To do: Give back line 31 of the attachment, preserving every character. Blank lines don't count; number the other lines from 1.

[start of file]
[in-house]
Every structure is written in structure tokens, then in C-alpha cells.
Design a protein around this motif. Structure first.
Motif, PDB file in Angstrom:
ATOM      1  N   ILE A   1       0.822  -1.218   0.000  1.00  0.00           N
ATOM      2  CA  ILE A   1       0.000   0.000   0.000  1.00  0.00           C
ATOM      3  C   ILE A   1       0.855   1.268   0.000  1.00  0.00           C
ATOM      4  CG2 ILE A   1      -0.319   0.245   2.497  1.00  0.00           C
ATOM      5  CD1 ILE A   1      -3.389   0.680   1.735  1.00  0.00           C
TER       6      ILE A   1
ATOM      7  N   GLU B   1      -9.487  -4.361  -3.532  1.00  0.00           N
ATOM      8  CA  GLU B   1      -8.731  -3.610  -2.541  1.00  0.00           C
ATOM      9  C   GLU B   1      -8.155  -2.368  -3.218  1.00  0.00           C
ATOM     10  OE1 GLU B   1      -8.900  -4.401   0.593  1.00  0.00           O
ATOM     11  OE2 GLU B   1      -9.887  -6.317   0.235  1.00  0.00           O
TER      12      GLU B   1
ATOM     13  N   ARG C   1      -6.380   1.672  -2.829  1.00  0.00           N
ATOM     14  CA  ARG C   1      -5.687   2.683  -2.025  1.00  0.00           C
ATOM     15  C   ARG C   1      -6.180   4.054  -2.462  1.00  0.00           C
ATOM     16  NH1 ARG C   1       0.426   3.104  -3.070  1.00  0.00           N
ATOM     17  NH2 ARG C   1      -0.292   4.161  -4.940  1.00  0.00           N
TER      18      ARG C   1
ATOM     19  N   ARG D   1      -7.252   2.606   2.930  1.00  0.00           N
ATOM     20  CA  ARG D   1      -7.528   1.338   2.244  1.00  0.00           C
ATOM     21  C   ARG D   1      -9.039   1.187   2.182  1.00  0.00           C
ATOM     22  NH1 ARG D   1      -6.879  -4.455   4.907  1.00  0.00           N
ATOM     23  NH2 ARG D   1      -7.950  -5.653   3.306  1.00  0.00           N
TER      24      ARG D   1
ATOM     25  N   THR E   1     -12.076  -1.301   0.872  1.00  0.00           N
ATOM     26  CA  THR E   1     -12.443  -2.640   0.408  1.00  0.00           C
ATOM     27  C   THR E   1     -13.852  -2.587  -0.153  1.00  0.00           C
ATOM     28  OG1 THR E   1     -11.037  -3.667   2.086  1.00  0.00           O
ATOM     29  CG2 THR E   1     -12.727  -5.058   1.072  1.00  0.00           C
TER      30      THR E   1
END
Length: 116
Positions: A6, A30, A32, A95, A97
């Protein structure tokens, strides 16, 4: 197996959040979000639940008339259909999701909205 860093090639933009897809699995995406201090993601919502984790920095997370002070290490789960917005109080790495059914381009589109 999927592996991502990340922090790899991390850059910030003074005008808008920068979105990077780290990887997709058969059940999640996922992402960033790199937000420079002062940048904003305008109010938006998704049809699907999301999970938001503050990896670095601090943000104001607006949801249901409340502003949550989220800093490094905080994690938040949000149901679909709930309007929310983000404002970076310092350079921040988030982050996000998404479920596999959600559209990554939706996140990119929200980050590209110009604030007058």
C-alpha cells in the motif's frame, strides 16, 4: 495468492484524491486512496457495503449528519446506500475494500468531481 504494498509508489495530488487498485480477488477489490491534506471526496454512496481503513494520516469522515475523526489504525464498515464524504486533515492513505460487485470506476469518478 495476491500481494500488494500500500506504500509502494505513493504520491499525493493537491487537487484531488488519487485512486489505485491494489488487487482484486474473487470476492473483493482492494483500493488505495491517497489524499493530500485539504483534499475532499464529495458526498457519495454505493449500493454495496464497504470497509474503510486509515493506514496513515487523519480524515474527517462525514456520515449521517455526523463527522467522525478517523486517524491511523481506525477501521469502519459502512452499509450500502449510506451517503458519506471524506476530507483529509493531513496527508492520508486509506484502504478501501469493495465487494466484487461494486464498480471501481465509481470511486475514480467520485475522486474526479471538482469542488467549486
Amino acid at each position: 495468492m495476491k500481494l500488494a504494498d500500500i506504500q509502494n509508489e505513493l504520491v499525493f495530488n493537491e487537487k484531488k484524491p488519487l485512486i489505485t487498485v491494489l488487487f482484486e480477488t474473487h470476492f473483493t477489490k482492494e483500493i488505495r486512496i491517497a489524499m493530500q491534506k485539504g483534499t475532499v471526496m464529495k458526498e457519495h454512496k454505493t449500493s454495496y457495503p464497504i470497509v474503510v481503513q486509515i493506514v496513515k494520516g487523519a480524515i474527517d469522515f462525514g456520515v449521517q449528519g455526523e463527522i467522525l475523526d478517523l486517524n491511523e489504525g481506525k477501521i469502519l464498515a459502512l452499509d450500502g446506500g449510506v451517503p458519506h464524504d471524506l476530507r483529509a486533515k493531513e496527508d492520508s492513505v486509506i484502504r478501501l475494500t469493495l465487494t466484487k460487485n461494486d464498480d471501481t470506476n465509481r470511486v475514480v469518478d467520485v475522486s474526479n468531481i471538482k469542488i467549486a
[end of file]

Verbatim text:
ATOM     27  C   THR E   1     -13.852  -2.587  -0.153  1.00  0.00           C